Patrick Boniface recalls one of the most humiliating defeats in the history of Britain’s Royal Navy. To the people of Chatham the approaching ships on the River Medway must have looked impressive. Under full sail a Dutch flotilla was racing towards the Royal Navy stronghold intent on causing maximum damage. The June 1667 raid on […]
You would think that combining two deadly weapons to create a super-weapon would be a smart move for any warmonger. Some combination weapons, however, were simply over-ambitious monsters: clumsy, cumbersome, useless. The popularity of the combination weapon rose during the 16th and 17th centuries, when weapons-smiths were innovators and owning a trident dagger elevated one’s […]
Neil Faulkner rails against the neglect of historic battlefields and a warped view of British history. Visit the battlefield of Evesham and you will find most of it private property with minimal public access. What happened here? As Steve Roberts explains this issue (see War Zone), it was where Simon de Montfort perished with many […]
How did the Royal Navy deal with pirates in their 17th century heyday?
British trade routes were plagued by pirates during the 19th century, but where were the most dangerous and densely-populated pirate havens?
Grenadier companies were first formed in the British Army in 1678, and were not finally abolished until 1855. By the time of the Quebec campaign, the 13 companies of a British foot battalion included one of grenadiers and one of light infantry. The grenadiers, as the battalion elite, were traditionally posted on the right (with […]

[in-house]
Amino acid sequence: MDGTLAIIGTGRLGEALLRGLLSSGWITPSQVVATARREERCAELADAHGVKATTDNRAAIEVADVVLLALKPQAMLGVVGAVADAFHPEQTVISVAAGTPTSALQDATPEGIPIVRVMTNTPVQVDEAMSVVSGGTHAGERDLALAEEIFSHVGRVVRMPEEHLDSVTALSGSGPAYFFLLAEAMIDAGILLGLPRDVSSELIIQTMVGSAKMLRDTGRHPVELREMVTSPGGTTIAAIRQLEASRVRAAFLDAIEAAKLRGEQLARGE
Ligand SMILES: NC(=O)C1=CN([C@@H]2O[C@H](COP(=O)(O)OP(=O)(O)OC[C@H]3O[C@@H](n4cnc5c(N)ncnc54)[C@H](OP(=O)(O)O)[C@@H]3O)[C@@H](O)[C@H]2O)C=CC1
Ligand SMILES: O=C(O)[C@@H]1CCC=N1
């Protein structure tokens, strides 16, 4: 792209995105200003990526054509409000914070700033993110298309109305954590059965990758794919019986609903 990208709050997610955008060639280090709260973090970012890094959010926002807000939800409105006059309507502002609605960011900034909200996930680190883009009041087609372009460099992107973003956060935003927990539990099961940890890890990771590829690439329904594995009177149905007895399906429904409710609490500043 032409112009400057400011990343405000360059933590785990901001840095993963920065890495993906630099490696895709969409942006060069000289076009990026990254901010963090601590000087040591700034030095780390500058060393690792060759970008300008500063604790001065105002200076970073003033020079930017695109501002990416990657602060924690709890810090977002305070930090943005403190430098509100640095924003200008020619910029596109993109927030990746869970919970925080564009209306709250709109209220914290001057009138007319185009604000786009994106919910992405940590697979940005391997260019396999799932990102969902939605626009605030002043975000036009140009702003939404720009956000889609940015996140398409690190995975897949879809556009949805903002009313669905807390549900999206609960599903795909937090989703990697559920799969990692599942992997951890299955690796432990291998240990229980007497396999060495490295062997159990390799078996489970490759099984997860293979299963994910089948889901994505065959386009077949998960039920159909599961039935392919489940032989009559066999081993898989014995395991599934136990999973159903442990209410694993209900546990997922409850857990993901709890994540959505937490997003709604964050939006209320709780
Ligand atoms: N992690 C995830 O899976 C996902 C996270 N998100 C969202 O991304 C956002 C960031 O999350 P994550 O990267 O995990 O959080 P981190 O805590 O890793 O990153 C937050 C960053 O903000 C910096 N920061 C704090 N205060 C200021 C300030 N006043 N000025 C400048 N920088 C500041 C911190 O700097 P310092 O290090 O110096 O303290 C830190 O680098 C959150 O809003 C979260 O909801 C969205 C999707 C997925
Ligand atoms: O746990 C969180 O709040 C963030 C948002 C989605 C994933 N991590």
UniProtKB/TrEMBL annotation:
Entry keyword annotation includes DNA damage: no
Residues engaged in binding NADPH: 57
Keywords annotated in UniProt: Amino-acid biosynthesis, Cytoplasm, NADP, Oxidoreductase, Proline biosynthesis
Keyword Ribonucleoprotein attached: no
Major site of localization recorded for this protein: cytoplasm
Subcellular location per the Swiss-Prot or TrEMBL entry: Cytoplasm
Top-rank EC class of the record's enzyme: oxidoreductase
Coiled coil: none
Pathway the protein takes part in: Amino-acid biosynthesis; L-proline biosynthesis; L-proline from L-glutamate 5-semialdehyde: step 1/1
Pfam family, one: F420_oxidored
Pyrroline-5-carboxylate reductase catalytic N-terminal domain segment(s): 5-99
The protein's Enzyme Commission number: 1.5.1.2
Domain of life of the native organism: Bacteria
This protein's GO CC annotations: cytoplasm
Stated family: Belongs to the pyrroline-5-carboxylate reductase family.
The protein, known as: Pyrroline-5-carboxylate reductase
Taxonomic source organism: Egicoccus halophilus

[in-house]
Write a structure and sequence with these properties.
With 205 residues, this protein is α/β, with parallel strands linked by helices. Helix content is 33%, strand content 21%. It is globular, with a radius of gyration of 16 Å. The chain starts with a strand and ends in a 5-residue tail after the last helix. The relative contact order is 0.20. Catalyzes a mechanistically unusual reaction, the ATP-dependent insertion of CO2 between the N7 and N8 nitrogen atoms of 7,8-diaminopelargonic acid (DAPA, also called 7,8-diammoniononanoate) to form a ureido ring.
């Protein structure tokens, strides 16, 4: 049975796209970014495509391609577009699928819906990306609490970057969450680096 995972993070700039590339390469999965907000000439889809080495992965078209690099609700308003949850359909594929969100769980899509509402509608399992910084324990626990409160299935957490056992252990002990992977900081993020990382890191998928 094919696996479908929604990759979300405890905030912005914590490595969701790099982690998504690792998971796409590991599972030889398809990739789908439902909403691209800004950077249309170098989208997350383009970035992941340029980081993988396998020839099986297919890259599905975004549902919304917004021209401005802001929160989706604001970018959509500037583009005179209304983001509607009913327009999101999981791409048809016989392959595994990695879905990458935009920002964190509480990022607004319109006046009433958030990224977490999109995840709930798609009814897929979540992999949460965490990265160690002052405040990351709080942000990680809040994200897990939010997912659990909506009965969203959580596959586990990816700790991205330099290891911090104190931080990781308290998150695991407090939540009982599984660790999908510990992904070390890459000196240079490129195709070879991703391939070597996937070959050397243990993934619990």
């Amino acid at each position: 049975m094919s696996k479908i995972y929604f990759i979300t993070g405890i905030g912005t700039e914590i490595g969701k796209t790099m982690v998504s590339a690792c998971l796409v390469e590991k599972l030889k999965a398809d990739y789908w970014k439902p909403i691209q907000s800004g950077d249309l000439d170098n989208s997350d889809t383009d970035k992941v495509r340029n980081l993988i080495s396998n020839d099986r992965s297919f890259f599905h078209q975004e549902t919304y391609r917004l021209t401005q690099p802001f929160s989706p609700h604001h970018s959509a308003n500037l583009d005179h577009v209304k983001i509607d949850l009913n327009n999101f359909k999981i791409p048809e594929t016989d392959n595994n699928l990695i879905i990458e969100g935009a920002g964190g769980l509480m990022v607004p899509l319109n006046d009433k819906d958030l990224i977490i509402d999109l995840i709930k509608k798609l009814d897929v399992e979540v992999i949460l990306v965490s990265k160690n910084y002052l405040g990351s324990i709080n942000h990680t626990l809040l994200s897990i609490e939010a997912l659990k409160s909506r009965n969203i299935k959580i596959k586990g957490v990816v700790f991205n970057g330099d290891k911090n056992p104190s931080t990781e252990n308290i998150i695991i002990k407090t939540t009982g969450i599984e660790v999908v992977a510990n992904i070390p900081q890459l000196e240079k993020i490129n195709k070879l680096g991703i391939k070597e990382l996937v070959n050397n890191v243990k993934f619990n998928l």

The struggle for supremacy between Britain and France dominated the History of the British Army from 1688 to 1815. the struggle began with a ferocious infantry-battle in wooded ravines on the edge of the Ardennes in 1692. King William had his men on the move long before dawn on 3 August 1692. Pioneers went ahead […]
Two years of amateur warfare had changed nothing.The English Civil War remained in the balance. Then, in February 1645, Parliament created the New Model Army. Cromwell had raised a regiment of cavalry in Cambridgeshire. He deliberately recruited ‘men of a spirit’ and allowed complete ‘liberty of conscience’. His men – the original ‘Ironsides’– became the the deepest […]
Martin Marix Evans describes the scene of the New Model Army’s victory over King Charles and Prince Rupert on 14 June 1645. The 17th century campaign was beset with difficulties. Moving through the countryside was hard to plan, given the lack of maps and knowledge of your enemy’s location. The condition of roads and bridges […]